He told us he was going to be OK.
And, sure enough, by the back nine Sunday, there was Jordan Spieth, showing off.
Seven weeks after his stunning collapse in the final round of the Masters, the 22-year-old Spieth parted those lingering clouds with a hailstorm of golf ball-sized birdies.
“I told you guys last Sunday that things were close,” said Spieth, whose final-round 65 earned him the coveted coat of many colors that goes to the Colonial champion.
He wasn’t merely close, however. After nine consecutive pars and sundry missed chances to start the day, Spieth started draining 34-foot putts and chipping in from 43 feet to finish in a sea of cheers.
On No. 14, he saved par by rolling a 15-foot putt in off the lip. On the 16th green, his 20-foot birdie putt required a deft touch and a 90-degree left turn.
On the par-4 17th, Spieth’s tee shot sailed left but caromed back toward the fairway off a marshal’s shoe. Spieth took one of his golf gloves, autographed it and gave it to the gentleman with a message:
His second shot on that hole flew over the green, but no problem — not on this day. From semi-bare ground, 43 feet from the pin, Spieth chipped in for his fifth birdie of the day.
Spieth later called it, “One of the luckiest holes I’ve ever had, personally.
“If I’m anyone playing against me, I’d be pretty upset at that.”
He was kidding, but so the back nine went. By the time Spieth beamed in a 34-footer on No. 18 for yet-another birdie, it was looking like the bishop’s infamous round from Caddyshack — minus the lightning bolt.
In the interview room later, seated next to the jockey-sized winner’s trophy, Spieth brushed off any suggestions that his past failures and near-misses in Texas tournaments had provided motivation.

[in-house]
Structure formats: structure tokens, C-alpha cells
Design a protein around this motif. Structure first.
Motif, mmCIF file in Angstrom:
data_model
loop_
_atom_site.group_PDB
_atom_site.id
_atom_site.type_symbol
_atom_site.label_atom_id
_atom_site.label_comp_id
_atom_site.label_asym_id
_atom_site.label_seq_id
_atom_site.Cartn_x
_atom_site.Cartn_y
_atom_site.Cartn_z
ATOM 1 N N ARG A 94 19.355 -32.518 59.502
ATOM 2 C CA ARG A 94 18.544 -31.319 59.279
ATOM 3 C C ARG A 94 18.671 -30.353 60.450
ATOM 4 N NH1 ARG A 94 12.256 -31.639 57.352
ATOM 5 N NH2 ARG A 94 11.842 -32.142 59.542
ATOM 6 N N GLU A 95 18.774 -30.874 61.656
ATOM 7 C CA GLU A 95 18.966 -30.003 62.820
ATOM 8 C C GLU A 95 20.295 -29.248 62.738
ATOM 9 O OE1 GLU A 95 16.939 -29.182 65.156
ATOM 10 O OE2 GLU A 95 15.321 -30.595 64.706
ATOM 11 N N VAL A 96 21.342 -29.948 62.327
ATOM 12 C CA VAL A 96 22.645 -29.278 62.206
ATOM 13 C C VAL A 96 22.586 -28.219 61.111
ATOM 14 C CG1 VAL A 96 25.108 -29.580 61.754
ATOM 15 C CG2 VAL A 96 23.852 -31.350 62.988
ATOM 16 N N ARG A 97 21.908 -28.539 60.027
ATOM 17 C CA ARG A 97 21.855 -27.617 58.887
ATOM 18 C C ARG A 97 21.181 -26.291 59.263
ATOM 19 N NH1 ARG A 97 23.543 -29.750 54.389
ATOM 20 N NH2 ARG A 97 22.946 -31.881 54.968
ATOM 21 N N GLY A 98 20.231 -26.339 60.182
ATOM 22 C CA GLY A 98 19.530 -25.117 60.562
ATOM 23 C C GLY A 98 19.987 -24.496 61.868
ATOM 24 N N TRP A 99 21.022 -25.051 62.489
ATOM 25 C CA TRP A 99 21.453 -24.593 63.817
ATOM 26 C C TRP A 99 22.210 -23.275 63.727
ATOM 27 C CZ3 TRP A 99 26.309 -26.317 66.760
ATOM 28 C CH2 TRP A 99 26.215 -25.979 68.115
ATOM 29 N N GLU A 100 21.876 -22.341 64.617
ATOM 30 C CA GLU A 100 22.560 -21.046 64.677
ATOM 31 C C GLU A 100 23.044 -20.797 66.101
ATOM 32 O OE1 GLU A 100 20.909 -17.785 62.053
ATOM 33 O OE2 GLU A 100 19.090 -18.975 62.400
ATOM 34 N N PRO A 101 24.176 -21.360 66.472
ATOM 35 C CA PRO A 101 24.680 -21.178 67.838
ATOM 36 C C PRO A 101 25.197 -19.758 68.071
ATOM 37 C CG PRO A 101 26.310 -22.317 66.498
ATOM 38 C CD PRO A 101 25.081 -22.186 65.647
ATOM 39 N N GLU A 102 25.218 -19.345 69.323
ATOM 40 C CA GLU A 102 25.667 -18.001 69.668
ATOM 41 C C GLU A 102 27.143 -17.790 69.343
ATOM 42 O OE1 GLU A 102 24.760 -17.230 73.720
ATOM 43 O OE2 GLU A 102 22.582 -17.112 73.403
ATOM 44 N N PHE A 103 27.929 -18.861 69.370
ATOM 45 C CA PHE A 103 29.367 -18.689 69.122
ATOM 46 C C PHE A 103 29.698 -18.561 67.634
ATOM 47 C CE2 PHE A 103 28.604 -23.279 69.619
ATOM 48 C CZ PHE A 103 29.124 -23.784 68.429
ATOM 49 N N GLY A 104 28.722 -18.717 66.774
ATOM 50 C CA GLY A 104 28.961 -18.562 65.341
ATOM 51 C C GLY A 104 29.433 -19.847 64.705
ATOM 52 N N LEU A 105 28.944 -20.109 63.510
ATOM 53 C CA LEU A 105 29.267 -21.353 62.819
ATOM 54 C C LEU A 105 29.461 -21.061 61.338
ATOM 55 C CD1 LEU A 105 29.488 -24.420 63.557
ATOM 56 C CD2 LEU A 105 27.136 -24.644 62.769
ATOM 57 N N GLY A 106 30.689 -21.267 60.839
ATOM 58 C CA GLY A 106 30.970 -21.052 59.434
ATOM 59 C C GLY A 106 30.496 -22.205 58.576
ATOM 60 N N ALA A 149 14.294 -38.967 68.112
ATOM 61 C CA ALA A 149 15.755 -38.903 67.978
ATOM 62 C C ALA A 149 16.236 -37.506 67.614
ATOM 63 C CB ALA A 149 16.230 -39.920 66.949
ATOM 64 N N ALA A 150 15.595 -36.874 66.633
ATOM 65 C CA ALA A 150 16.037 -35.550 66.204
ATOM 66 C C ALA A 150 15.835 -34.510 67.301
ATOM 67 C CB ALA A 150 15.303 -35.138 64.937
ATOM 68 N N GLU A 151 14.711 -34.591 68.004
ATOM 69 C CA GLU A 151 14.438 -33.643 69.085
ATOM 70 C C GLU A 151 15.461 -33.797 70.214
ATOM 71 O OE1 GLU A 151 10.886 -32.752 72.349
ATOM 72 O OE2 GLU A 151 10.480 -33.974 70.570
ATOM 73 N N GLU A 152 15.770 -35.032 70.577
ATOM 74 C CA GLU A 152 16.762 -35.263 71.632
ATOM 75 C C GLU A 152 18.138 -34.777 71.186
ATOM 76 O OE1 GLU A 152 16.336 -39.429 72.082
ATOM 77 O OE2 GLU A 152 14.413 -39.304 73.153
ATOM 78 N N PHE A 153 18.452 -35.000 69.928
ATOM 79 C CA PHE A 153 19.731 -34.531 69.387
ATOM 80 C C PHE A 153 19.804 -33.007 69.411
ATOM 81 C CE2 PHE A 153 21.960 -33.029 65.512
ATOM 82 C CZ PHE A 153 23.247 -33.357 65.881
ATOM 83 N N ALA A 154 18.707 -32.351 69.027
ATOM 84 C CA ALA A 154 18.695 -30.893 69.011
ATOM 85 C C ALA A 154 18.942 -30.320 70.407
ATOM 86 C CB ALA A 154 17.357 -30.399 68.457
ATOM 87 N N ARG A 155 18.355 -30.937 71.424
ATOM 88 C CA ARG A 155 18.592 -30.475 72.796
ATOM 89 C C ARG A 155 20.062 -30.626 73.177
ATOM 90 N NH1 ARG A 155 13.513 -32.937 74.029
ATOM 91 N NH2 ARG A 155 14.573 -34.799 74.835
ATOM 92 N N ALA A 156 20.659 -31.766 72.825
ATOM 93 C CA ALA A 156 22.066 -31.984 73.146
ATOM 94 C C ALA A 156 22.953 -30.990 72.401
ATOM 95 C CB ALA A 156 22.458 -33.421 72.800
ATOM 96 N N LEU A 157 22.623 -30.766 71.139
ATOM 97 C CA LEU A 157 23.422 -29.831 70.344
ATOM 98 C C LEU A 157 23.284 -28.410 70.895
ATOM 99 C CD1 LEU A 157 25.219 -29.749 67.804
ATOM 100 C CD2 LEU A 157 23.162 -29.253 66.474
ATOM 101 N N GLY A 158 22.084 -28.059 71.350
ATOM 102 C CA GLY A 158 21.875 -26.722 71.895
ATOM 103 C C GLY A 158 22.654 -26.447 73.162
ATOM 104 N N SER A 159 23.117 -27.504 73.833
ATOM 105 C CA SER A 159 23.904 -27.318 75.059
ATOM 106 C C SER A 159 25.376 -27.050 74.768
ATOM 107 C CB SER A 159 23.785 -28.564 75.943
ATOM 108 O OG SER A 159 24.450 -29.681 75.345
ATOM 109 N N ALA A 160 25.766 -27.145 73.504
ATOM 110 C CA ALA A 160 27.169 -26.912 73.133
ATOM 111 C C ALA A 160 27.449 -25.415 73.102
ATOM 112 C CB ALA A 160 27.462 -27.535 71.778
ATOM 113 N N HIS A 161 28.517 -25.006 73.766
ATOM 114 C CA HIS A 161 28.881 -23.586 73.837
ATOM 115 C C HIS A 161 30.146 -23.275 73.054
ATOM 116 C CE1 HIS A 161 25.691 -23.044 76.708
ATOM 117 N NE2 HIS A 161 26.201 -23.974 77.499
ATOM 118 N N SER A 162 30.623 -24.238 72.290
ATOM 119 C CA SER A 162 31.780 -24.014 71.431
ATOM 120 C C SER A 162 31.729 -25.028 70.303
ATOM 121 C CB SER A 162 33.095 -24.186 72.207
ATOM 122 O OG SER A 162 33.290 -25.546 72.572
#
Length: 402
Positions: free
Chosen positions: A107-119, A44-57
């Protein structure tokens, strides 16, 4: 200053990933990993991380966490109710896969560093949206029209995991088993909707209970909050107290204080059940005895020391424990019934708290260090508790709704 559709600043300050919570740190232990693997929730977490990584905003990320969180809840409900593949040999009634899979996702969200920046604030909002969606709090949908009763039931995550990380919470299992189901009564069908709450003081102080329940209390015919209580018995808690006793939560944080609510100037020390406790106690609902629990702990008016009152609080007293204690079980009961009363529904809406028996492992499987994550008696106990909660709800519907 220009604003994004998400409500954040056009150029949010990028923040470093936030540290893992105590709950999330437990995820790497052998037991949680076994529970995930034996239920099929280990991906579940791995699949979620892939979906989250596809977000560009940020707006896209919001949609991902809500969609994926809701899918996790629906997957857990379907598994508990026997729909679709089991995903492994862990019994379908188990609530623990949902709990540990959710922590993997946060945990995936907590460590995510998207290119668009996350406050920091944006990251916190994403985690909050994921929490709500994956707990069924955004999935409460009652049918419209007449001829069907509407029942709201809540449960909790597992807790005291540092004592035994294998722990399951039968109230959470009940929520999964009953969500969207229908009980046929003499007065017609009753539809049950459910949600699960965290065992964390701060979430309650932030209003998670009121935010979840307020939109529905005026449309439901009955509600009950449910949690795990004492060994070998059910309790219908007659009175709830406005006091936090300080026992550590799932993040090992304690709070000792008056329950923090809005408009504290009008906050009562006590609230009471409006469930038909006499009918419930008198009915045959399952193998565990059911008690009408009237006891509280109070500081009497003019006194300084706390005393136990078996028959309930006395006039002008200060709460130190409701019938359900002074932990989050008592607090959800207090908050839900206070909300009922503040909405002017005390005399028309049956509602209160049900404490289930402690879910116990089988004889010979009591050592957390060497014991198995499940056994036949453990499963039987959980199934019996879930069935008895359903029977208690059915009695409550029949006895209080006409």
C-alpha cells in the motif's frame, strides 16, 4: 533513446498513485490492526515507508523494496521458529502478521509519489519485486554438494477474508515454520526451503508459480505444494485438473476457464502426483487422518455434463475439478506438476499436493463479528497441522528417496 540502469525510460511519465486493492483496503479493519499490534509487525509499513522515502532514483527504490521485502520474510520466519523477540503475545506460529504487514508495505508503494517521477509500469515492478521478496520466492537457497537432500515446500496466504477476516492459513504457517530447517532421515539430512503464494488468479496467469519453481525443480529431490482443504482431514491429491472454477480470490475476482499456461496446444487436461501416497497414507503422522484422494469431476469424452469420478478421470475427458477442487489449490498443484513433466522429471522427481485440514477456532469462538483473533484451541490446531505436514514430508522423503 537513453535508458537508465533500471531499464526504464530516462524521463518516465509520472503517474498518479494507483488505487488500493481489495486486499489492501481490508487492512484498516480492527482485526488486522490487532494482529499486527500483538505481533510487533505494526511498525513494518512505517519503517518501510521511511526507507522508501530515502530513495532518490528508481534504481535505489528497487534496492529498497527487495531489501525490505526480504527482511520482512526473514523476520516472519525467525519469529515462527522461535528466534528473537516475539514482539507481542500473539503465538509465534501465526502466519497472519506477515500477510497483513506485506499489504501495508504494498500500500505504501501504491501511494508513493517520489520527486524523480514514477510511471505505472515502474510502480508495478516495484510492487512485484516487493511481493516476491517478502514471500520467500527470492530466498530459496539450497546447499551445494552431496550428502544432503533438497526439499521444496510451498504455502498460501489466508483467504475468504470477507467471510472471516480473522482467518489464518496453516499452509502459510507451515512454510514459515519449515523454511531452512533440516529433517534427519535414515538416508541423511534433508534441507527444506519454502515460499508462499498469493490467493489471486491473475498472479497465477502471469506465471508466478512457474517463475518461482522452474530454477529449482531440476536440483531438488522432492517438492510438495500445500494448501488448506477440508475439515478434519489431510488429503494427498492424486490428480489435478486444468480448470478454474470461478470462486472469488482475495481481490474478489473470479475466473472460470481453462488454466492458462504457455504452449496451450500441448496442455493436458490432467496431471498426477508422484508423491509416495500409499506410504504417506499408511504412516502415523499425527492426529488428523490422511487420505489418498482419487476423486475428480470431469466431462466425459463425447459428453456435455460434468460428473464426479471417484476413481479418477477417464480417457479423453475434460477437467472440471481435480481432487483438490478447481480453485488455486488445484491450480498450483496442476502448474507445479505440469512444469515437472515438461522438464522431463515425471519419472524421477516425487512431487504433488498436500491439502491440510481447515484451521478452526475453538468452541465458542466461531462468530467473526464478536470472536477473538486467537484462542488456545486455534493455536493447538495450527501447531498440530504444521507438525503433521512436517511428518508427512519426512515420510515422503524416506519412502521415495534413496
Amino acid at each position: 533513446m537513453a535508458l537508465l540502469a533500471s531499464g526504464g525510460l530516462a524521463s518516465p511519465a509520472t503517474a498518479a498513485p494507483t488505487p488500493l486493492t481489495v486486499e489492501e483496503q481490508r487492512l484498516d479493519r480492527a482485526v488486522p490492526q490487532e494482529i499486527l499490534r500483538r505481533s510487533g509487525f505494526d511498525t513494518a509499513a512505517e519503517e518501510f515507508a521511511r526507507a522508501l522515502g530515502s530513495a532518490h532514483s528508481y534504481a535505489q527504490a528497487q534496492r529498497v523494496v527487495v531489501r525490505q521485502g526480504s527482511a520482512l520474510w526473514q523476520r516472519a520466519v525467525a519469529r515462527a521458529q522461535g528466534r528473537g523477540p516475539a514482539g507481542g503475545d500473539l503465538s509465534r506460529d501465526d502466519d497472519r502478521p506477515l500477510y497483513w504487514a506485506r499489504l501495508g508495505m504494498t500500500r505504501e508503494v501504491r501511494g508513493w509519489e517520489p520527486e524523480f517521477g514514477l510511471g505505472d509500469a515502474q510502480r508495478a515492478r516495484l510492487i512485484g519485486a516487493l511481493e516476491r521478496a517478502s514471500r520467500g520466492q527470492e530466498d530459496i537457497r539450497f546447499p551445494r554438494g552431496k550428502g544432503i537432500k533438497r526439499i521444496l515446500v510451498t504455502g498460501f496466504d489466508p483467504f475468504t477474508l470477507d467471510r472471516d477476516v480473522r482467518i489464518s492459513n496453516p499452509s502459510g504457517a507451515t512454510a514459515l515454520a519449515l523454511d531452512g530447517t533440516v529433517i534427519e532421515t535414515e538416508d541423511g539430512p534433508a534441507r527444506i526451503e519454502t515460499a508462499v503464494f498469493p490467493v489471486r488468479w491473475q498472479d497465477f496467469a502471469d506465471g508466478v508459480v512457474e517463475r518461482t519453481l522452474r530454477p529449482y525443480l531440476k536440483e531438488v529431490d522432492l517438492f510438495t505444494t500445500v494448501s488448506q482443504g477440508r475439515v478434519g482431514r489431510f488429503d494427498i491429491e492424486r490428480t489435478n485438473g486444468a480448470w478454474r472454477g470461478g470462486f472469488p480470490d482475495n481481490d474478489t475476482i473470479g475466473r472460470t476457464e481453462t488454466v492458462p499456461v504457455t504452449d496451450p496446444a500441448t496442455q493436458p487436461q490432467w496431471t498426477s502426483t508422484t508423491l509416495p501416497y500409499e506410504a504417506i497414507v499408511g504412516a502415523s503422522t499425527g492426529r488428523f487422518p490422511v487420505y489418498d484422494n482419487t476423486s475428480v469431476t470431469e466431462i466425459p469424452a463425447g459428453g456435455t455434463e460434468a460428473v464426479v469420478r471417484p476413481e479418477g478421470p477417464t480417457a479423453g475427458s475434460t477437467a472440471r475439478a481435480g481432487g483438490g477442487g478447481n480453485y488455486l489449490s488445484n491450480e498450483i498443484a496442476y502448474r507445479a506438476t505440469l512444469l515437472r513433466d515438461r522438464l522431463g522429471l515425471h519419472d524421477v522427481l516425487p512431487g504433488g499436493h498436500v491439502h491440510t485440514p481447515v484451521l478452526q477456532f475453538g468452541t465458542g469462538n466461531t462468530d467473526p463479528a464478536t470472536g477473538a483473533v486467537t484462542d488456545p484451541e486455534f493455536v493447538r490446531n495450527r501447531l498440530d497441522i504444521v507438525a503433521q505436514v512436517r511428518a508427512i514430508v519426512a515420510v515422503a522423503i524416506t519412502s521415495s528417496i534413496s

“I didn’t feel a monkey in DFW,” he said. “I figured I’d be playing in DFW for decades, so sooner or later something was going to go my way.
“It’s nice that it did here now, though. There was significance in it happening now, because I wasn’t sure how long it would take to get over the hurdle of having to come into every single interview room and listen to crowds that only talk about what happened a month ago.
“It’s not like I hadn’t won. But it’s very difficult to stay positive when that’s happening, when those are the only questions.”
If there was one moment over the four days that particularly raised his fur, Spieth admitted, it was Sunday at the par-4 10th, when some jackwagon yelled, “Remember the Masters, Jordan. Remember the Masters.”
“Either way [he meant it],” Spieth said, “there’s a little red-ass in me, and it came out on the next few holes.”
Suddenly, he looked like the hungry Spieth of 2015.
There was no doubt all week, though, who owned the Colonial gallery. Spieth graduated from Dallas Jesuit and attended Texas in Austin before ascending into the PGA Tour spotlight.
How was he able to block out the shouts from the adoring home crowd?
“I don’t block it out,” he corrected. “It’s cool to hear it.
“I hear, ‘Go, Bearcats!,’ which is my middle school, St. Monica. I hear, ‘Hook ’em, Horns!’ all the time.
“It was awesome to hear it these couple of weeks.”
Unlike a week ago at the Byron Nelson tournament, however, Spieth was able to answer the cheers — and the Masters jeers — spectacularly.
“To come back and close this one out the way we did is really, really special,” he admitted. “It’s just so frustrating when it’s not going your way.
“Last Sunday was a tough day for me, given it was at home. So to come out on top here, no matter what happens in the next 30 years of my career, this will go down as one of the most important days I’ve ever had.”
Leaving the interview room, Spieth was greeted by more cheers and a setting sun.
The clouds of Augusta were gone. Just like the hometown kid told us.
Dean & DeLuca Invitational
Colonial Country Club
-17 Jordan Spieth
-14 Harris English
-13 Ryan Palmer
-13 Webb Simpson
-12 Kyle Reifers
-9 Anirban Lahiri
-9 Jason Dufner
-9 Matt Kuchar
-9 Martin Piller
-8 Chad Campbell
-5 Tom Hoge